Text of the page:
U.S. Water News Online
PALISADE, Colo. -- Two of the Western Slope's largest
irrigation districts plan to cut how much they take from Green
Mountain Reservoir to stretch water supplies amid a fifth year of
Grand Valley Irrigation Co. and Orchard Mesa Irrigation District
intend to cut their take from the reservoir on the Colorado River so
they will have enough water to send farmers through the end of the
growing season in October.
Grand Valley Irrigation District manager Phil Bertrand said he
would do the same if he has to.
"I think it will be a shocker for people to realize we could
exhaust the historic (water supply) in Green Mountain by some time in
October," said Dick Proctor, Grand Valley Irrigation Co.'s manager.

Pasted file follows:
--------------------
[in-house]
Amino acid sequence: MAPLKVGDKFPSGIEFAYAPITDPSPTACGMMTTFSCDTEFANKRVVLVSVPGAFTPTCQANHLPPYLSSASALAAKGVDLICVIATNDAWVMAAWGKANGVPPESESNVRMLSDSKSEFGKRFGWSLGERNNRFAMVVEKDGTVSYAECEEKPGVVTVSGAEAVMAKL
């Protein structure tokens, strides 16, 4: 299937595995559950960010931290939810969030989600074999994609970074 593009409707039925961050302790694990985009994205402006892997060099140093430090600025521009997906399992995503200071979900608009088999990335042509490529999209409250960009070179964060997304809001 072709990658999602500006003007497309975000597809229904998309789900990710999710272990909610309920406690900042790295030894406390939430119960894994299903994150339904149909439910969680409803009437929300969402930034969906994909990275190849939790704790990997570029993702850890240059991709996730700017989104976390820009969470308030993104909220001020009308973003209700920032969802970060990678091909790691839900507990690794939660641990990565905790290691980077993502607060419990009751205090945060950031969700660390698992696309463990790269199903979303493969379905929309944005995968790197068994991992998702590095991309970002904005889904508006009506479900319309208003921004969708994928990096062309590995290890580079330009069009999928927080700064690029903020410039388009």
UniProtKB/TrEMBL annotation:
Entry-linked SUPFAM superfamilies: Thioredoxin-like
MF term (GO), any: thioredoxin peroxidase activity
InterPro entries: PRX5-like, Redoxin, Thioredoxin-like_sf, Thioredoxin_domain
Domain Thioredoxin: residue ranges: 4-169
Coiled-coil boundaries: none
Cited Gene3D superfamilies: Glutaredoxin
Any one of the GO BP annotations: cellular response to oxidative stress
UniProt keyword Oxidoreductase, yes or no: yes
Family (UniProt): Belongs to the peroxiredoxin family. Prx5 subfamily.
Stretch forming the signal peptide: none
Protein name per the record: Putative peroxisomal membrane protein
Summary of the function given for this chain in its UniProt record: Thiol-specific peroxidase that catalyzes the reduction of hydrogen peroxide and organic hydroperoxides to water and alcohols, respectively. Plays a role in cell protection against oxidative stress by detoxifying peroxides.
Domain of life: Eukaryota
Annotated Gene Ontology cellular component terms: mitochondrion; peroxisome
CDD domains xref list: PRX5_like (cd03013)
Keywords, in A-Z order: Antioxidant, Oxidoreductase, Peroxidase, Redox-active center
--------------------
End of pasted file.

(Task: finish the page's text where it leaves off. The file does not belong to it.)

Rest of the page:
"We're looking down the gun barrel of 2002 as far as flows," said
Scott Hummer, a state Division of Water Resources commissioner. "If
they weren't making releases from the reservoirs, there would hardly
be any water in the system at all."
The irrigation districts can by law call for more water from the
reservoir, but they fear their supply would run out before final
deliveries to winter wheat and fall barley fields.
"It's the next year's crop we're trying to save," Proctor said.
This is the third time in four years that water levels at the
federally-owned Green Mountain Reservoir have been low.
Under a deal with the federal government, Denver Water will have
to send 26,439 acre feet of water to the Western Slope. In wet years,
Denver Water can keep water in Dillon Reservoir that would normally
go to Green Mountain Reservoir, but, in dry years, it must reimburse
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